They played video. They brought graphics. They cited Alexander Hamilton so many times, they may owe royalties to Lin-Manuel Miranda.
The Democratic House impeachment managers, unfolding their case against President Donald J. Trump, were conducting a TV trial without many of the staples of legal drama, particularly witnesses on the stand. Instead, they relied on multimedia, impassioned speeches and repetition, repetition, repetition — all in a presentation of 24 hours over three days.
If the O.J. Simpson trial was a long-running daytime soap, this was democracy in binge mode.
The trial of Mr. Trump, as the TV pundits reminded us before, during and after, was an unusual one, in that much of the jury was assumed to already have a verdict in mind. This meant a different dynamic from the usual televised trial, in which the prosecution is speaking to the jury first and the viewing audience second, if at all.
Instead, Representative Adam B. Schiff of California and his team were effectively speaking to the court of public opinion — home viewers who might bring pressure to bear on certain swing senators, or turn against them at the ballot box — though they had to do so by at least arguing as if the outcome were not a foregone conclusion.
So there was the case, and then there was the case about the case. If the Republican majority was going to acquit the president, and if it was going to voting against calling witnesses and subpoenaing documents that might weaken his defense, the Democrats would make sure that the viewing audience knew it.
Their arguments often focused on what the audience wasn’t seeing and hearing, because the White House refused it. Wednesday night, Mr. Schiff made a refrain of referencing evidence — a diplomatic cable, a statement attributed to the former national security adviser, John R. Bolton — and turning it into a question to the Senate. Wouldn’t you like to read them? Wouldn’t you like to hear them? “They’re yours for the asking,” he said.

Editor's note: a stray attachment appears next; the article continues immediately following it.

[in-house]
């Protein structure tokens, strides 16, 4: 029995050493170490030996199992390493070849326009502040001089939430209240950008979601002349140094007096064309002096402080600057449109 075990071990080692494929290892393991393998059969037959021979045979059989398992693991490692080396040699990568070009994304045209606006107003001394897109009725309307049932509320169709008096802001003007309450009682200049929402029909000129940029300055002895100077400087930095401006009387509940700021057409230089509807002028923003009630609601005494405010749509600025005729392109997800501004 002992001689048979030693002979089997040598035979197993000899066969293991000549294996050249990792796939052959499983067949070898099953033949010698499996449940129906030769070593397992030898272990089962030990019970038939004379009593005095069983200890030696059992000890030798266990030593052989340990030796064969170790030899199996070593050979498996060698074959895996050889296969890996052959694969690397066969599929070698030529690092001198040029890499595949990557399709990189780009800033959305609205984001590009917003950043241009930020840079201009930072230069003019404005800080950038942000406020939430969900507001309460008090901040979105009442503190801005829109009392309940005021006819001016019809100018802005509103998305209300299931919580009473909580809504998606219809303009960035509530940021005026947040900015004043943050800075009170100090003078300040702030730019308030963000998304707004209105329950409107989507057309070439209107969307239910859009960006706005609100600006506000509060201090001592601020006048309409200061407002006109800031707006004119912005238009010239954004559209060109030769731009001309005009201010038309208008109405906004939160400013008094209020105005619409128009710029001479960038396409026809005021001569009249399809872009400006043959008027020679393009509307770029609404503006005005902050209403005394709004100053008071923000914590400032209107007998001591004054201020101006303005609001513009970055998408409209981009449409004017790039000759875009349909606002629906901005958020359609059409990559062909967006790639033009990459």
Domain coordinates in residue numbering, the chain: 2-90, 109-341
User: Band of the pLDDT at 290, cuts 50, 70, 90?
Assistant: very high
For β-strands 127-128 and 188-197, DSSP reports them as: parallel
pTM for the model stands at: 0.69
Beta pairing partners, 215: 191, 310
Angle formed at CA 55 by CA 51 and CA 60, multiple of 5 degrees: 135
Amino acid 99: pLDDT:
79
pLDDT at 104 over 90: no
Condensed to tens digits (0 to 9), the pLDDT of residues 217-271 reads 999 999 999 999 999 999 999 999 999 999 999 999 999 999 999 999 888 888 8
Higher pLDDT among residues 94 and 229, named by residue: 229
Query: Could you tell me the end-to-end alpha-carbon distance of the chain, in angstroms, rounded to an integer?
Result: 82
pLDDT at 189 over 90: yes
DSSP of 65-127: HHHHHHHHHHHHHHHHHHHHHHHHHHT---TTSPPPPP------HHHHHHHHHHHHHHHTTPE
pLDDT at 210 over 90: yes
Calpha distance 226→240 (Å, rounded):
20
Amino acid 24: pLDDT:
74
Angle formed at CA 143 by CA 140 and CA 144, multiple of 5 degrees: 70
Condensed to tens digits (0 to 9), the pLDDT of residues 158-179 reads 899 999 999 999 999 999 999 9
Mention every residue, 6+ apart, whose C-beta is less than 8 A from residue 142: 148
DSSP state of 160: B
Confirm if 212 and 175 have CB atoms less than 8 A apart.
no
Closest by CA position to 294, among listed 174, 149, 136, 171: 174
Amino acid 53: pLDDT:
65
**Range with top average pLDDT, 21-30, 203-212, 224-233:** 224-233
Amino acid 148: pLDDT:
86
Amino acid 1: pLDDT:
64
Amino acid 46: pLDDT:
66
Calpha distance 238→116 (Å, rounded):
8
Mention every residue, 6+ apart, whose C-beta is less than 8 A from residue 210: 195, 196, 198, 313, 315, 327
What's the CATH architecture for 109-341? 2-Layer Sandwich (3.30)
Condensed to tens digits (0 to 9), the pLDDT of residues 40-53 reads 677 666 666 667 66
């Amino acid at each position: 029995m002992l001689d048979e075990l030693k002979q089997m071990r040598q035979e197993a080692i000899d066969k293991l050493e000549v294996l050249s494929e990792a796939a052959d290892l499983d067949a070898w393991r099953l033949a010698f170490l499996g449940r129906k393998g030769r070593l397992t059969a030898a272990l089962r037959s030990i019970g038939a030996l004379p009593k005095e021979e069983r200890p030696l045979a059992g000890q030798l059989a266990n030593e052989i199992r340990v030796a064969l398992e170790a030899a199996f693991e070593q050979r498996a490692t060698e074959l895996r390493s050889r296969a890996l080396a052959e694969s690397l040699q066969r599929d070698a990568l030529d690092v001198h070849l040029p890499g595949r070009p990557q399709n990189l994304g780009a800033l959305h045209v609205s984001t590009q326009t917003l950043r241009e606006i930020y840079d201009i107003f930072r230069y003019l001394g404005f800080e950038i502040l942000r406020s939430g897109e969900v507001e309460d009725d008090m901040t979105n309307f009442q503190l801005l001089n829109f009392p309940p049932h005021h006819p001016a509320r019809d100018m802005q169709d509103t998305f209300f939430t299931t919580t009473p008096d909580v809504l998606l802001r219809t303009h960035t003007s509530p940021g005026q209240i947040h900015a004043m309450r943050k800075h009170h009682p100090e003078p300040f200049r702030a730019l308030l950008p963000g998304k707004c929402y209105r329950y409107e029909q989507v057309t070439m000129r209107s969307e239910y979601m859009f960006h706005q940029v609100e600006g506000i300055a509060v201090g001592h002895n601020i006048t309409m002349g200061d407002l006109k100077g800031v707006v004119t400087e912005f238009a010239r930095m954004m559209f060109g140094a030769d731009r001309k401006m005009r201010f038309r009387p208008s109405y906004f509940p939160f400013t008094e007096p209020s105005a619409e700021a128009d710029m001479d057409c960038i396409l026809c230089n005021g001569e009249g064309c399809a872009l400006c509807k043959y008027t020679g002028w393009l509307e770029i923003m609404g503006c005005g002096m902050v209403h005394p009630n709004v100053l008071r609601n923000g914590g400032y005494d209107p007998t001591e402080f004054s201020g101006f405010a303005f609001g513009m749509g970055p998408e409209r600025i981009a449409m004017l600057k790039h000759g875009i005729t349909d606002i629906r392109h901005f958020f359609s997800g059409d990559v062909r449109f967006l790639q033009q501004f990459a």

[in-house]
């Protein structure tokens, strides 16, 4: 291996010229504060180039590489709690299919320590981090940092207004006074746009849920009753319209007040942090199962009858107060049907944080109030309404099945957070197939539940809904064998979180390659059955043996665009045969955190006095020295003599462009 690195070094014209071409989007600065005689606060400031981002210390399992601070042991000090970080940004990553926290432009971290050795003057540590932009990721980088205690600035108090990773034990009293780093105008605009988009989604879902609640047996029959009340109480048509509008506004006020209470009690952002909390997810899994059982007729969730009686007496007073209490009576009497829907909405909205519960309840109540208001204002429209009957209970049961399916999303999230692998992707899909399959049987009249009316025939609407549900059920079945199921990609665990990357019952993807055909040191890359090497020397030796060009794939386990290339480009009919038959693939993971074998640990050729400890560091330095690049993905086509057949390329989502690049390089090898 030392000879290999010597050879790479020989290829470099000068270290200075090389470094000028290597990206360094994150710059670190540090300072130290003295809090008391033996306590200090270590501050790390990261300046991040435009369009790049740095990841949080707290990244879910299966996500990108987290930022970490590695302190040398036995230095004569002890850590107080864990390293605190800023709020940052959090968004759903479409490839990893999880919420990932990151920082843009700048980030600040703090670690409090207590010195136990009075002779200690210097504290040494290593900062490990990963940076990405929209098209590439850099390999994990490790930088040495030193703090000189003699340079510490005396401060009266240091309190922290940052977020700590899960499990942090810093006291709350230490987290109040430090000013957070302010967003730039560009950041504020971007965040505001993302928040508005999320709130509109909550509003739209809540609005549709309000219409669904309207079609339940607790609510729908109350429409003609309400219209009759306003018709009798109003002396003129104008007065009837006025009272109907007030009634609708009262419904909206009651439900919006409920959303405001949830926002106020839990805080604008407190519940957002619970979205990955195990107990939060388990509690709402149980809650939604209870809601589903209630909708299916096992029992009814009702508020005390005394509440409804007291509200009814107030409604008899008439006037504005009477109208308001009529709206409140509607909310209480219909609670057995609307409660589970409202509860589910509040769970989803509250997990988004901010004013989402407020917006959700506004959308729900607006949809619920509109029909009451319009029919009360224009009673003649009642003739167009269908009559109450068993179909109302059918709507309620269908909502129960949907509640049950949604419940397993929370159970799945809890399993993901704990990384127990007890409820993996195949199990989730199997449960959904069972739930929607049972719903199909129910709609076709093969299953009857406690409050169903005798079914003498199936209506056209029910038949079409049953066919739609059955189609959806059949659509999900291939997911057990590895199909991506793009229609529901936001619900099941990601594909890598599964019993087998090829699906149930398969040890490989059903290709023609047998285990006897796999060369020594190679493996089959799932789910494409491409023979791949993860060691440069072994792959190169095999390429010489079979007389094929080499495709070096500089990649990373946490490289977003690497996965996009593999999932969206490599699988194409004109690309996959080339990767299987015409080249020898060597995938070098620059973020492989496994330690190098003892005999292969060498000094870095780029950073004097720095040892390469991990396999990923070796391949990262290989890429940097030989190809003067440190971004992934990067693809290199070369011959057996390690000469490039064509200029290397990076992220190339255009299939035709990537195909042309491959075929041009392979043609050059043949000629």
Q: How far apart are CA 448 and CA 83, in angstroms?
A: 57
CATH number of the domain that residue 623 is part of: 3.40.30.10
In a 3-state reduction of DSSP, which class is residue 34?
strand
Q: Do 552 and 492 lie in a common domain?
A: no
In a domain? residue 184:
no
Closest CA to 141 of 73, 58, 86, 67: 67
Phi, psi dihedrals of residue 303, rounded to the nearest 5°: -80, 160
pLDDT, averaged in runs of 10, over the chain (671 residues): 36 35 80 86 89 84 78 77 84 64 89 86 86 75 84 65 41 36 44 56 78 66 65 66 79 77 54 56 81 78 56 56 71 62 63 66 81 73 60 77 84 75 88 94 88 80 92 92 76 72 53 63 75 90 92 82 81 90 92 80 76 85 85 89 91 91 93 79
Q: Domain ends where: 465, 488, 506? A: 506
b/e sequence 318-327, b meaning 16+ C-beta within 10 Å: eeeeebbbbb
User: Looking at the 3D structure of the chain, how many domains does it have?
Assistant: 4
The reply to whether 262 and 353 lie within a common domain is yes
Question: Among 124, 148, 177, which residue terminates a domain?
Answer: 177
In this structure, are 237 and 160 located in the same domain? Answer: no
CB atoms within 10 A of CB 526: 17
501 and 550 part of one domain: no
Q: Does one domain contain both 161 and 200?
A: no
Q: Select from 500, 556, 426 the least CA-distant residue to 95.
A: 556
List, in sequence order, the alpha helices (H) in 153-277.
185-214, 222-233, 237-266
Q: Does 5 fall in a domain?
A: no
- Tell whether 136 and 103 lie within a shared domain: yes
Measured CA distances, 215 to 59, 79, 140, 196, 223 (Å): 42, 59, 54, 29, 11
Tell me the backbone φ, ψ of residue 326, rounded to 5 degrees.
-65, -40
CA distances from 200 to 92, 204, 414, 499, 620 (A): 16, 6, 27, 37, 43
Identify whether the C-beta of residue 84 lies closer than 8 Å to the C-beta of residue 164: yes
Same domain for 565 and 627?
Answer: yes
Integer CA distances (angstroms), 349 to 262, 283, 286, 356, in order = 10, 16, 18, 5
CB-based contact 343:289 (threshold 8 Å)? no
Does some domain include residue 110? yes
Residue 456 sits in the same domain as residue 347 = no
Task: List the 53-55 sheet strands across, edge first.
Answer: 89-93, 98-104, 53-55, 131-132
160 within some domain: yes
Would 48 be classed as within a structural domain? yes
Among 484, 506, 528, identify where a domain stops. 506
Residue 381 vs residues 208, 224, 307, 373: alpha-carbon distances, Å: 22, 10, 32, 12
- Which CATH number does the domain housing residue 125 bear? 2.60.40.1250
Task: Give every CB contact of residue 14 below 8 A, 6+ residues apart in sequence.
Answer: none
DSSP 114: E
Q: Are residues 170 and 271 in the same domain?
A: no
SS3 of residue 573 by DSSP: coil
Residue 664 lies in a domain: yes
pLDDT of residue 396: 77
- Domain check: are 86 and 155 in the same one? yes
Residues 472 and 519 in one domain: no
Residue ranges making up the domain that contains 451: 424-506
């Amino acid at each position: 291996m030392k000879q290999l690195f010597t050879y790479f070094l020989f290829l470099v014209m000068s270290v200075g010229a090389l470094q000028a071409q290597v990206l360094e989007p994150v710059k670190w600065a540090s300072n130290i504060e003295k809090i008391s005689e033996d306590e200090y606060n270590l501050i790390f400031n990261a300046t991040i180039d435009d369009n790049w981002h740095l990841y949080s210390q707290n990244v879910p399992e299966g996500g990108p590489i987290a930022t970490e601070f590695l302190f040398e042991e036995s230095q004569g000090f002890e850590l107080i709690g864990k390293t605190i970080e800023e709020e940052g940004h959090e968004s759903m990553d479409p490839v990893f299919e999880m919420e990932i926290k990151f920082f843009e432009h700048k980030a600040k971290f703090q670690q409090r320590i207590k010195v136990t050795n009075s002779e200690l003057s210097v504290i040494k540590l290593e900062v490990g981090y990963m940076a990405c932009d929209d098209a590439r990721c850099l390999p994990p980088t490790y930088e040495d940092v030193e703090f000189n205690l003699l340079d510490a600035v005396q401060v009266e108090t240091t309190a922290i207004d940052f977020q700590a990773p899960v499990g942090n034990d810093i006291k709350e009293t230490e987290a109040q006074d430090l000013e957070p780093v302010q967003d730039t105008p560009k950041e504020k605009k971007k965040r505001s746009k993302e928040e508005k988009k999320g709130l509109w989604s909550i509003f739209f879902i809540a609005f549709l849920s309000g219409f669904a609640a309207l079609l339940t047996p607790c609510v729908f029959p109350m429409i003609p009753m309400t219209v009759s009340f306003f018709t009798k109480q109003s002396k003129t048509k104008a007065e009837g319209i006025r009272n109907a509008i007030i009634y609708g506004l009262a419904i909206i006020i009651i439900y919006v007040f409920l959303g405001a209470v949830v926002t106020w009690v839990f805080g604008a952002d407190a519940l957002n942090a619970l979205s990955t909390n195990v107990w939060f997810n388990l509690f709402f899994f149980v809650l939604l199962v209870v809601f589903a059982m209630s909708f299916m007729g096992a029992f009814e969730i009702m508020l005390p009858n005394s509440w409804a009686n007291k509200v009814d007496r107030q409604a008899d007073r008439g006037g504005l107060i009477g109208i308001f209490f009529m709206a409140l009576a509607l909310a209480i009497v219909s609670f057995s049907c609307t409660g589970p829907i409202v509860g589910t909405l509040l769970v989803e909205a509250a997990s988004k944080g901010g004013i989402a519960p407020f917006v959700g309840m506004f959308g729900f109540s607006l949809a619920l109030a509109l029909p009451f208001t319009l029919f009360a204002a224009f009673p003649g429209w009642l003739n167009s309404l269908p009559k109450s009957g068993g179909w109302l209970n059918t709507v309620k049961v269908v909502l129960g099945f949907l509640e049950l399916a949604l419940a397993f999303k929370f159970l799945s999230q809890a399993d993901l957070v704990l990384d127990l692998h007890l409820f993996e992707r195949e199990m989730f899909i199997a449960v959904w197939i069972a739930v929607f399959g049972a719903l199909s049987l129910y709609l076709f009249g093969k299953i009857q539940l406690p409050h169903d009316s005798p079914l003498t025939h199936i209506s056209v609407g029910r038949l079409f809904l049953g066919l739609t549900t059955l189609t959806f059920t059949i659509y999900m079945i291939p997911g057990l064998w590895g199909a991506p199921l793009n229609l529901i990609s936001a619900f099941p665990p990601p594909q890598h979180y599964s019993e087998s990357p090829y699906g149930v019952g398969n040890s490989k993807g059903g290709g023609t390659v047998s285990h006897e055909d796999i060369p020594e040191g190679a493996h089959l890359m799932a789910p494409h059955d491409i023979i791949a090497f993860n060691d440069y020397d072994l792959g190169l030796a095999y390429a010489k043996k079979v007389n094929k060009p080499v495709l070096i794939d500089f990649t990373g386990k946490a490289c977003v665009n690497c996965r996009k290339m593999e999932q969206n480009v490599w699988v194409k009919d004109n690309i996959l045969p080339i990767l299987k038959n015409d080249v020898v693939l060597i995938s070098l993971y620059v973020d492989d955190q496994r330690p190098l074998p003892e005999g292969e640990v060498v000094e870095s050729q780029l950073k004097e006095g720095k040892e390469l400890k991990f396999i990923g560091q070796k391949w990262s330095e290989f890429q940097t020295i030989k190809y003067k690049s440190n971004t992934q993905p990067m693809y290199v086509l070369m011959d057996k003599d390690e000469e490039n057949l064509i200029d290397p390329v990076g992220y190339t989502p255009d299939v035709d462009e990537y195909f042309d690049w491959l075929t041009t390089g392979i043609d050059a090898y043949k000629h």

What the three days asked of viewers, largely, was patience. The constitutional stakes were as high as they come. But the dynamics were staid, thanks to Senate rules that limited TV coverage to two cemented-in-place camera vantages that gave the broadcast all the visual verve of a security-camera tape.
The managers’ most effective tool, both to break out of the visual monotony and substitute for live witnesses, was file video, which they used to string together the words of Mr. Trump and his staff into a kind of cinéma-vérité documentary of the often right-out-in-the-open scandal.
There was Mr. Trump at a news conference with President Vladimir V. Putin of Russia in Helsinki, dismissing his own intelligence agencies’ findings on Russian hacking. There was his personal attorney Rudolph W. Giuliani, regaling Fox News hosts about his Ukraine exploits. There was Senator John McCain, a frequent critic of Mr. Trump, summoned Friday as a posthumous witness.